Your Turn: Asking questions you actually care about

Hello folks, sorry for the brief hiatus. My students returned from winter break with a vengeance making even finding time to cook food difficult (Read: I’ve ate an unhealthy amount of Chinese food recently).

The topic of today’s Wall of Text is the 2nd part of the interview, the time when you get to ask the questions and try and figure out if this institution is right for you.

One of my bigger points in any question I have answered or any approach I recommend you take, is the importance and need for reflection.

Liddell, Hubbard, and Werner (2000) in their text Powerful programming for student learning: Approaches that make a difference, state that reflection is vital to the learning process. They are speaking in context of programming, but I find it applicable to this topic. The authors outline four main goals:

  • Link Experience to Learning Objectives
  • Provide Reflection activities
  • Encourage regular reflection
  • Feedback and Assess reflection

These elements although programming focus have a strong connection to how you should be shaping your interview questions. Reflection is how you discover who you are and what you care about. Coming from a place of reflection is how you will discover fit, but at the same time display your objectives to a potential employer.

Before even beginning your draft of your interview questions start with reflection. What are your learning objectives for your next few years, let’s say 1-3 to be conservative. What are you doing to force this reflection? How often are you reflecting? Are your reflections genuine? Have you had a friend or supervisor walk you through your reflections of your self to see if they match their perception of you?

Once you have identified who you are, and what you want, the rest comes easy.

I was talking a friend on G-chat (the great coalescent of Student Affairs professionals) about her job search. She is a 2nd year grad in a higher ed program. During our conversation she was trying to come up with interview questions to ask interviewers. I asked her simply, "What do you want out of an office, your co-workers, and the institution"

She responded:

  I want a challenge, I want supportive coworkers that enjoy the humor in our work, I want to be able to take classes and I would like an office that encourages me to continue to learn and push myself, I want coworkers that expect their ideas/thoughts to be challenged and that will challenge mine to be sure that we’re coming up with the best solutions and support for our students, I want to work at a school that values assessment or at least sees the need for it, and I want to work at a place that is always trying to be better instead of being stuck in their traditions and the way they always do it.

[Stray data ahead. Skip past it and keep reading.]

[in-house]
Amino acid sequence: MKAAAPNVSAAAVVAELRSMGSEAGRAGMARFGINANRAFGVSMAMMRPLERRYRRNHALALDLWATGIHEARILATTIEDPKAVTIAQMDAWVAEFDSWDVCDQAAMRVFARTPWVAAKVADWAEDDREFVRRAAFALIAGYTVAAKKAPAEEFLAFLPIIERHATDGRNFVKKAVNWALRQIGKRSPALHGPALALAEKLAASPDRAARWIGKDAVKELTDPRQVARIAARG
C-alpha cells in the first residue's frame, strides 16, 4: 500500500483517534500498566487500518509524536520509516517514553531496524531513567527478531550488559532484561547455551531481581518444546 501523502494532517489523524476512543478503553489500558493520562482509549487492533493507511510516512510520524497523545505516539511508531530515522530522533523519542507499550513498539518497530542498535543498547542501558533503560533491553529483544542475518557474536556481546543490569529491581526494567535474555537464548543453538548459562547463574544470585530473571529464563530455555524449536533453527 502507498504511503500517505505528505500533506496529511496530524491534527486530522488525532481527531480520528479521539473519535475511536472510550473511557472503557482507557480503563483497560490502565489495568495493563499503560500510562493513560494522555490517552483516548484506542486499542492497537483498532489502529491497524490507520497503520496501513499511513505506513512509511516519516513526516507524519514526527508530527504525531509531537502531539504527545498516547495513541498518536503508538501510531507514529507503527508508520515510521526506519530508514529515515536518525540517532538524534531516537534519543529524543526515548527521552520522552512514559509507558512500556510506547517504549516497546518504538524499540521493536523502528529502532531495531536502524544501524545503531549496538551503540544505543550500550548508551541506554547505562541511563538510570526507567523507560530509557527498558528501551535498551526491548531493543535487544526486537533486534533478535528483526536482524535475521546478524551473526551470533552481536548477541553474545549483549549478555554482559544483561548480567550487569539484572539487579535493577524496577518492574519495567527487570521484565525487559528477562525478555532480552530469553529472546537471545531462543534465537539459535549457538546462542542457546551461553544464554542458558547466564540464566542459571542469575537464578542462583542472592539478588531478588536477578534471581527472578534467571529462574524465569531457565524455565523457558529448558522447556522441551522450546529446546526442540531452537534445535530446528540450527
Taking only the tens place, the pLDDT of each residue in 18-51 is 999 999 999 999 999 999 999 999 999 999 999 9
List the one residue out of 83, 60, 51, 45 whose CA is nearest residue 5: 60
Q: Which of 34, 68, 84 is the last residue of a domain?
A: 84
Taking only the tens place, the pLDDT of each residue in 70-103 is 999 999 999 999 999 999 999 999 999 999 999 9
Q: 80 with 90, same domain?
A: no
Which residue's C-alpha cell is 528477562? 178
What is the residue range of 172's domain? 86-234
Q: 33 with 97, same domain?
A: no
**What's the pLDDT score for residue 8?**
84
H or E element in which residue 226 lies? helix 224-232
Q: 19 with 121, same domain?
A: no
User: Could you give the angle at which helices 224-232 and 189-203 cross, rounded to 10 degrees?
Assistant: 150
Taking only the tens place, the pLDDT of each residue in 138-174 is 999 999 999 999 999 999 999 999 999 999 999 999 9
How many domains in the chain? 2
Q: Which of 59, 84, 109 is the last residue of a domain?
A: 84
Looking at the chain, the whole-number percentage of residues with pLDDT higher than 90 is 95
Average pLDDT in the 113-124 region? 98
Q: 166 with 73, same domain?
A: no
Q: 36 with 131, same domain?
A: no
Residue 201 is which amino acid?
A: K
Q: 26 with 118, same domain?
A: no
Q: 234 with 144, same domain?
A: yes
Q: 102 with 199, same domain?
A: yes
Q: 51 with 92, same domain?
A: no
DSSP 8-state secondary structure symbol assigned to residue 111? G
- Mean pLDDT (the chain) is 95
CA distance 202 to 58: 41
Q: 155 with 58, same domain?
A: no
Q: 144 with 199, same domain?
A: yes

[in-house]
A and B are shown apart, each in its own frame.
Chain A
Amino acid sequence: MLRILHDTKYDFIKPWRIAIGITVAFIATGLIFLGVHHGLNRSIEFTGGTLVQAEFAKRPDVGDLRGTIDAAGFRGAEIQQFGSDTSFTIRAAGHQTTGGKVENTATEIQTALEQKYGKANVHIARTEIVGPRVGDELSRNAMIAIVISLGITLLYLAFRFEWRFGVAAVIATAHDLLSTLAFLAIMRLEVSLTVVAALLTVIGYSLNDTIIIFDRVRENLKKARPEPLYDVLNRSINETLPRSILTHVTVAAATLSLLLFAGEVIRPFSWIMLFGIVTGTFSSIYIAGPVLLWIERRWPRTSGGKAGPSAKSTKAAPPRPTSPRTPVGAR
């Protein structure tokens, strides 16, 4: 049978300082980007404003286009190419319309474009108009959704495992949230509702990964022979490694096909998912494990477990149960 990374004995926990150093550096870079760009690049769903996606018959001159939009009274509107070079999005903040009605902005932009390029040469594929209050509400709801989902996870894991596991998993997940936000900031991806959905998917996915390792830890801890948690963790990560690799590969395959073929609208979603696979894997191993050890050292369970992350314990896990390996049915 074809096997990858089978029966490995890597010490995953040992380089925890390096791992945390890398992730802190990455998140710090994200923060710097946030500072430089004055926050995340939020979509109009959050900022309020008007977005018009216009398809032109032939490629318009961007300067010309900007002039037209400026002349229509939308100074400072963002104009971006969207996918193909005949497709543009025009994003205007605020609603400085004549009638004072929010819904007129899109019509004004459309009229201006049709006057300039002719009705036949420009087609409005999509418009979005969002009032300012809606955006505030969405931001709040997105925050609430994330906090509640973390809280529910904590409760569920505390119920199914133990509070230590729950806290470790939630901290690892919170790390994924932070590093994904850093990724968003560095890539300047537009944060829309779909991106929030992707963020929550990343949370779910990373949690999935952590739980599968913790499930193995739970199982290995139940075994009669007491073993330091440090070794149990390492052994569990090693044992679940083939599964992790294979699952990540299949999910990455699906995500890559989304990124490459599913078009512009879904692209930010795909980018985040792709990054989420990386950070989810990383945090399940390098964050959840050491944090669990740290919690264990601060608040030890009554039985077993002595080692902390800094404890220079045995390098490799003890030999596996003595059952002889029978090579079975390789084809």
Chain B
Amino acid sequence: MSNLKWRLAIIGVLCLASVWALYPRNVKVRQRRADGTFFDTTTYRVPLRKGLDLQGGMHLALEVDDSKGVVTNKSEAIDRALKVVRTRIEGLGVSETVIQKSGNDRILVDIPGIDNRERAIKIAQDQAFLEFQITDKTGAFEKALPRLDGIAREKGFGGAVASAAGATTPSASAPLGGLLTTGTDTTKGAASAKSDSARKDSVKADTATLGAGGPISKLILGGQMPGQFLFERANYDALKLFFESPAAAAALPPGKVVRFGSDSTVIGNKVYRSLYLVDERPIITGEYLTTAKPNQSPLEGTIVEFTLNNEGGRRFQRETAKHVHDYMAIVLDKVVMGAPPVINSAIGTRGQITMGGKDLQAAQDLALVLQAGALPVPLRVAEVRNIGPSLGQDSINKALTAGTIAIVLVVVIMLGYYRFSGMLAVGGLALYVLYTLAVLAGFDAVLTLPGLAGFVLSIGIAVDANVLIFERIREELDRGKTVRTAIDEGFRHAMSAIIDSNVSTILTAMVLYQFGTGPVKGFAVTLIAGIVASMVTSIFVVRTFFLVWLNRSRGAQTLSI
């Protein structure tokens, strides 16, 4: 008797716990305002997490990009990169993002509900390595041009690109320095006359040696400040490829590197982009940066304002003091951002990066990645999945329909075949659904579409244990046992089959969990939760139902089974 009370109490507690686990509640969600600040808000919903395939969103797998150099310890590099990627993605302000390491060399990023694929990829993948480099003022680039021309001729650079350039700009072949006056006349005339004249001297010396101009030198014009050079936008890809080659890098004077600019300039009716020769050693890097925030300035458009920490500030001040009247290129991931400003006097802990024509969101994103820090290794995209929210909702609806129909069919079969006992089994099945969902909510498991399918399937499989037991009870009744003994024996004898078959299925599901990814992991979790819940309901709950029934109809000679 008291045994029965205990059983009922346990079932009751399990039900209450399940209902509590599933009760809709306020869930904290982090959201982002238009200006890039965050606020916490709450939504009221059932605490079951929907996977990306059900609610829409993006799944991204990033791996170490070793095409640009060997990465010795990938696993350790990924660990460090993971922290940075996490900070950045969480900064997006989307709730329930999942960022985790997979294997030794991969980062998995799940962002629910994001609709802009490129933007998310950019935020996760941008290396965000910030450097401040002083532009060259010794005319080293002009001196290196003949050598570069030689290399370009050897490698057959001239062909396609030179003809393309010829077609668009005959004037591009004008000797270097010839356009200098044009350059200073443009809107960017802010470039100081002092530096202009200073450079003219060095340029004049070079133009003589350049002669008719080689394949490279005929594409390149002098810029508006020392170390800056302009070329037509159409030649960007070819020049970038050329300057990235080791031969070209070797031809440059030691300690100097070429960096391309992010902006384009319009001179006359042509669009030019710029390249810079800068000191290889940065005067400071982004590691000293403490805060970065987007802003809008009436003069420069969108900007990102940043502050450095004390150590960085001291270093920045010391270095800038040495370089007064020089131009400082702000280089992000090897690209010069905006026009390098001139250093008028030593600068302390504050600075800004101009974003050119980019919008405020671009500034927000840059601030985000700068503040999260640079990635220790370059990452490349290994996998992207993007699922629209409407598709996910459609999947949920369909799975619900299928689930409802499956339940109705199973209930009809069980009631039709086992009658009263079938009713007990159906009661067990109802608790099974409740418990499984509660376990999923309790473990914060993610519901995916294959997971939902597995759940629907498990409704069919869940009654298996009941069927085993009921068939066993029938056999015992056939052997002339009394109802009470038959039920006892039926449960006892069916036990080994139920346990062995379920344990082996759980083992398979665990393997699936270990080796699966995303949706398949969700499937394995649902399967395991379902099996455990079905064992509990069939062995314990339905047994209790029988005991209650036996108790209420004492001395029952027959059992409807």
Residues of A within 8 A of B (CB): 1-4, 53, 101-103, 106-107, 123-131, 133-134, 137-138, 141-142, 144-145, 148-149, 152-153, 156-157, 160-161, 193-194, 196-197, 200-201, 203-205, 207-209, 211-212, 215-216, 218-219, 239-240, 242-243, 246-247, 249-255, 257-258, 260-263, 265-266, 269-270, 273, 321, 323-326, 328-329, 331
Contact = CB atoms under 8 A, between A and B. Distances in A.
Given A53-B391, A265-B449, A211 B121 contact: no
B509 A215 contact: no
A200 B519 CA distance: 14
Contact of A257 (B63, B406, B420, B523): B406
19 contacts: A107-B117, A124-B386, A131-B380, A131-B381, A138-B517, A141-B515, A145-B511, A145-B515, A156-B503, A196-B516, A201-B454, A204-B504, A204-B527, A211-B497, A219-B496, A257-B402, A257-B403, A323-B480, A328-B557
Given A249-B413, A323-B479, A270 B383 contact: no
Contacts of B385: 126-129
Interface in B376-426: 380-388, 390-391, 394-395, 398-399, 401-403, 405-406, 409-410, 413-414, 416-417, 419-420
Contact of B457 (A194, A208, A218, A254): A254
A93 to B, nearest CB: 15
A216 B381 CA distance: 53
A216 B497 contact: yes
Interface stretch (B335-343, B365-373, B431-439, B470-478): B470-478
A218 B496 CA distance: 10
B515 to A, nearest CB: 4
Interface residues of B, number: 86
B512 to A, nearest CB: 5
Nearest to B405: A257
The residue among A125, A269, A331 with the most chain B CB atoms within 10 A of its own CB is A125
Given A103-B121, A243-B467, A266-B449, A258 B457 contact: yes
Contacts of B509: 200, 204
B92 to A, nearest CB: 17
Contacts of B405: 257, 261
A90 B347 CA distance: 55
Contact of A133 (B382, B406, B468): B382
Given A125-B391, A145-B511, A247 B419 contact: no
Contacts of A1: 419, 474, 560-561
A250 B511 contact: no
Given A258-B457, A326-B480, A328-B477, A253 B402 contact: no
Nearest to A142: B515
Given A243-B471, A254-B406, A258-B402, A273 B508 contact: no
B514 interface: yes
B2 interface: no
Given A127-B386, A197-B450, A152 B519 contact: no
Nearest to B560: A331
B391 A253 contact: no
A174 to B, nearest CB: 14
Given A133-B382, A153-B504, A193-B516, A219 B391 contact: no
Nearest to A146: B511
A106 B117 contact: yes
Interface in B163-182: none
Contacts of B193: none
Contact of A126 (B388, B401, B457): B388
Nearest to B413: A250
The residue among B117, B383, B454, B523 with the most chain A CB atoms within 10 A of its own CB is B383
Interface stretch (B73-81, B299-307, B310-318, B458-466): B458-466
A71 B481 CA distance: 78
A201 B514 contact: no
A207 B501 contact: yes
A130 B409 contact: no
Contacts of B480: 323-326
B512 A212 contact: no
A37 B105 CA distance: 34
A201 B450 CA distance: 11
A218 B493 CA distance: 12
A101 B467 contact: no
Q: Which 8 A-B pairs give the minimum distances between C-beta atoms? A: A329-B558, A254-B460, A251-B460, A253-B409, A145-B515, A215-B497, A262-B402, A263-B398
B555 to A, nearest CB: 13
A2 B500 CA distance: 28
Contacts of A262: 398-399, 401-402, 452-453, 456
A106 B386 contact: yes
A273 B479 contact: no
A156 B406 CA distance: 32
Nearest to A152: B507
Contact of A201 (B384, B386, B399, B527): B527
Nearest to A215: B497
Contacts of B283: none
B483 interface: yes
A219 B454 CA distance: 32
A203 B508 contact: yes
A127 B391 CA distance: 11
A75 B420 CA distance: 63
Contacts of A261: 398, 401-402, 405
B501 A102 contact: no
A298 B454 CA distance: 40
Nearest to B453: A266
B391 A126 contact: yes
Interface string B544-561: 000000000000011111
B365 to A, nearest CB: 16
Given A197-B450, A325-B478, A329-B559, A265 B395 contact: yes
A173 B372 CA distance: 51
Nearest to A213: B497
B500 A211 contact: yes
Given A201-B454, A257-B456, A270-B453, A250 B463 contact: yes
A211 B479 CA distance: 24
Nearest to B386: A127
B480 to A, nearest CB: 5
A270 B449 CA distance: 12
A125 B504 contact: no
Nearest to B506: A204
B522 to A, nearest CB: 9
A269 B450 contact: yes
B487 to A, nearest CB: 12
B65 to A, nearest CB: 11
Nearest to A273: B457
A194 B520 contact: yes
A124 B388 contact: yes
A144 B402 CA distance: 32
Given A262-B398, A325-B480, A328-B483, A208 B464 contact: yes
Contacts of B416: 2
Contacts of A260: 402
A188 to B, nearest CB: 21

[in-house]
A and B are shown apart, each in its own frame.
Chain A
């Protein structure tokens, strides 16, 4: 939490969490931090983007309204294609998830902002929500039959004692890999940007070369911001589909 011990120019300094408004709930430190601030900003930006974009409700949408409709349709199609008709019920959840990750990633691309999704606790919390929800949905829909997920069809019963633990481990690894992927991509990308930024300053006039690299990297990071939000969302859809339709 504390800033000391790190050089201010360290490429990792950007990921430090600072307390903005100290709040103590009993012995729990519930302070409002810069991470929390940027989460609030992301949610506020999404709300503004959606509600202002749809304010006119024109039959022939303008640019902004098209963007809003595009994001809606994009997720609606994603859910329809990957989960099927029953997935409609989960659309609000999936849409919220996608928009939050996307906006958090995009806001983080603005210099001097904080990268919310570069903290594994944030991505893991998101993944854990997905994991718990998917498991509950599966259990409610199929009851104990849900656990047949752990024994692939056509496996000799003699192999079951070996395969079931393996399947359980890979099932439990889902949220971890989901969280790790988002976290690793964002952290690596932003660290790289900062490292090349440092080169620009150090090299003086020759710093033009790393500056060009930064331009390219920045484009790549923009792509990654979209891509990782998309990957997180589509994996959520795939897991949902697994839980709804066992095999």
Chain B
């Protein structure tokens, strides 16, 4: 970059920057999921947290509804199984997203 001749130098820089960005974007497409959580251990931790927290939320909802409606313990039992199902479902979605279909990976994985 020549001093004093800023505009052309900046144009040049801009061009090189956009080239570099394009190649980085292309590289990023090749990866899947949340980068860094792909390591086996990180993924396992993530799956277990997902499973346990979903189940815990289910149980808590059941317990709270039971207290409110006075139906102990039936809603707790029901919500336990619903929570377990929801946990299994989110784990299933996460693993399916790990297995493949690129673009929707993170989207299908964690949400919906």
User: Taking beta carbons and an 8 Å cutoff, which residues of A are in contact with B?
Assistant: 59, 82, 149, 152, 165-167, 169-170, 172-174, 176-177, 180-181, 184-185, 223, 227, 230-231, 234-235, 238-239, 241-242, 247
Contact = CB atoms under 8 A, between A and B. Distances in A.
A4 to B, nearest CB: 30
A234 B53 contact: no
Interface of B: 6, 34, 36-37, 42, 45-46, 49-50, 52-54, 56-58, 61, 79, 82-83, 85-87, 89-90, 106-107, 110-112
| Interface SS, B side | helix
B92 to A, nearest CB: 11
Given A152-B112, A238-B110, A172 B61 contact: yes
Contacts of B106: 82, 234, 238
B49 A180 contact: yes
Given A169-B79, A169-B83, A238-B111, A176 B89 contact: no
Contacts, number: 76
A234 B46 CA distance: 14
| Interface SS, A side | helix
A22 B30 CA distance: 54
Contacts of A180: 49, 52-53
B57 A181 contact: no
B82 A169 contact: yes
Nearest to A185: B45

From that small instinctual reflection some very strong questions can be built:

  • "What is the culture of assessment at your institution?
  • "How do you achieve work life balance?"
  • "How are ideas challenged?"
  • "Can I take classes?"
  • "How do you see new candidates being challenged?"
  • "How is your office looking to progress?"
  • "How is humor integrated in your work?"

These are some very simple questions that are targeted towards what she individually wants and needs.

Formatting the way you focus your effort avoids using the cliche “What is the culture of your office?” and probes further into what really matters, along with saying something about your goals.

When you are starting to create your interview questions, take a step back. Focus on what you want, reflect, then pull that reflection into pieces to form questions. You will come out of it with succinct and targeted questions that will help you find fit, not banality.


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All grammar, spelling, or proofreading mistakes were intentional.


Liddell, D. L., Hubbard S., & Werner, R. (2000). Developing interventions that focus on learning. In D. L. Liddell & J. P. Lund,  Powerful programming for student learning: Approaches that make a difference (pp. 21-33). New Directions for Student Services, No. 90. San Francisco: Jossey-Bass.